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Two-Volume House on a Fieldstone Wall

The architecture of this house is strongly influenced by the duality of the site’s topography and by the effects of the glacial climate on the land. Situated in the state of Wisconsin, the site has an uneven topography made partly of flat field land and partly of a slope into the adjacent wood land. In this area located between to glacial kettles, the earth freezes deep every winter and thaws, bringing rocks and stones to the surface. On the nearby farms, the farmers must pick these stones before starting work in spring, and they pile them up at the edges of their fields, thus creating fieldstone walls, witnesses of the region’s history. The architects at Bruns Architecture have imagined such a wall to anchor the house into this frozen site and to separate its flat volume and the slope volume. The main living spaces of the house are organized on two floors in the taller woodland volume, while the field volume is smaller and concentrates the support spaces under its flat roof. A wall made from time polished field stones is erected at the beginning of the slope, securing it and defining the two volumes. This wall starts outside the house and then goes in, penetrating it lengthwise and creating a strong support wall with doorway openings. It also separates the two volume visually, as they are made in different materials that balance each other. The woodland volume is mainly glass and steel, while the field volume is covered in horizontally positioned warm cedar planks.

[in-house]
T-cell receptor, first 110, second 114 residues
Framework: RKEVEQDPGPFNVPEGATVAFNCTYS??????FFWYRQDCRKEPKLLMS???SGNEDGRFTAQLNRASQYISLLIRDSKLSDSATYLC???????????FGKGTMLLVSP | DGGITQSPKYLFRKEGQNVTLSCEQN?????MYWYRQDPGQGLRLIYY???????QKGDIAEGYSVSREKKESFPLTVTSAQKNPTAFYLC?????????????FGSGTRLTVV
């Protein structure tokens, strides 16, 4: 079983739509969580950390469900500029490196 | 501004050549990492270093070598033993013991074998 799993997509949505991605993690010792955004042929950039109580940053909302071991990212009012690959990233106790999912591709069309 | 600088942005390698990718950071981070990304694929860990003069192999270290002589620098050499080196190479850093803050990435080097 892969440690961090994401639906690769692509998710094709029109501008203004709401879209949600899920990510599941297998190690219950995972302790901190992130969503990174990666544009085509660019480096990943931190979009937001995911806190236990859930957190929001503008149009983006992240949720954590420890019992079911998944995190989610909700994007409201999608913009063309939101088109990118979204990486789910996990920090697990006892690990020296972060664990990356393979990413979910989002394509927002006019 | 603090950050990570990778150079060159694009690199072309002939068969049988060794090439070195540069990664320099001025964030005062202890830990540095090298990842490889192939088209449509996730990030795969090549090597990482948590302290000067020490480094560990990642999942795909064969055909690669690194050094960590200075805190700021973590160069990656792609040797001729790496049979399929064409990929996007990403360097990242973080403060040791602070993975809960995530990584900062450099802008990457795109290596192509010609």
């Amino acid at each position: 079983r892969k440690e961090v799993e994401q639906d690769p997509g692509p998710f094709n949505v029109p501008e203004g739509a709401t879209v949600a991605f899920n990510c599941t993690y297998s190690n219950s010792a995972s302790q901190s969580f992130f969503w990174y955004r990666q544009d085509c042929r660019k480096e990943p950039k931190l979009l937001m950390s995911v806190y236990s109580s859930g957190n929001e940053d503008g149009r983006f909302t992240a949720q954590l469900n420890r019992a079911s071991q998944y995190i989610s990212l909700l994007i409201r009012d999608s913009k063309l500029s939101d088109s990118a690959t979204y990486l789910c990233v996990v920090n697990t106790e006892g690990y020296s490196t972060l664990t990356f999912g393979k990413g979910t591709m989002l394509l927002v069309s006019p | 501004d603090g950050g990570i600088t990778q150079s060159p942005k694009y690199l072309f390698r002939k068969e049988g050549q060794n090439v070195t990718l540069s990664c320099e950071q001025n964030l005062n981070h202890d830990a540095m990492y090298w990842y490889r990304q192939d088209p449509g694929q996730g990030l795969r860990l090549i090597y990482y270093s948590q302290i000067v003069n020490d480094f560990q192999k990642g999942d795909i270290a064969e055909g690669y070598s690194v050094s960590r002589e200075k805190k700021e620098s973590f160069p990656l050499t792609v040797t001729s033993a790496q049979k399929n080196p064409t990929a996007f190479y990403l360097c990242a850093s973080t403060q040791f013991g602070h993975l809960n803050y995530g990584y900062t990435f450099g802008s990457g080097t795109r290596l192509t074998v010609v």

The tall main volume has a concrete base from which the house grows on a steel and glass frame. Anthracite zinc panels hang like drapes on the façades, blurring the line between the lower and upper levels of this part of the house.
The flat-roofed field volume is connected to the main volume through an area serving also as main entry to the house. The way to the main door is guided by a row of aligned steel trellises that seem to protrude from the house, bend at 90 degrees to descend into the ground anchoring the house to it.
There is coherence in the material and color scheme of the interior. We have the massive fieldstone wall in the middle, and a cedar clad wall along the stairs to balance it. The floors are in polished concrete, and the stairs in massive wood on an anthracite steel central beam.
The tensioned steel cables of the balustrade remain very discreet, so they don’t interfere with the main scheme.
On the upper floor, the space is defined lengthwise by the fieldstone wall and width-wise by a board-formed concrete chimney separating the main living space from floor to ceiling.
The two-sided fireplace separates the living room from the kitchen and dining area. The flickering flame of the burning wood can be admired thus both from the lounge and from sitting at the table or behind the kitchen counter.
On the inside the structural frame of the windows is in wood and not in metal like on the outside, creating a warmer atmosphere. The living room is cozy with Eames lounge chairs and wooden chairs and a grey fabric sofa.
The office corner is set in a long and narrow niche, with a long L-shaped wooden desk.
The bedroom and bathroom follow in the same line, with polished concrete floors and wooden furniture in the same essence like the window frames. Thanks to the big glass surfaces all areas of this part of the house benefit from a lot of natural light and nice forest views.


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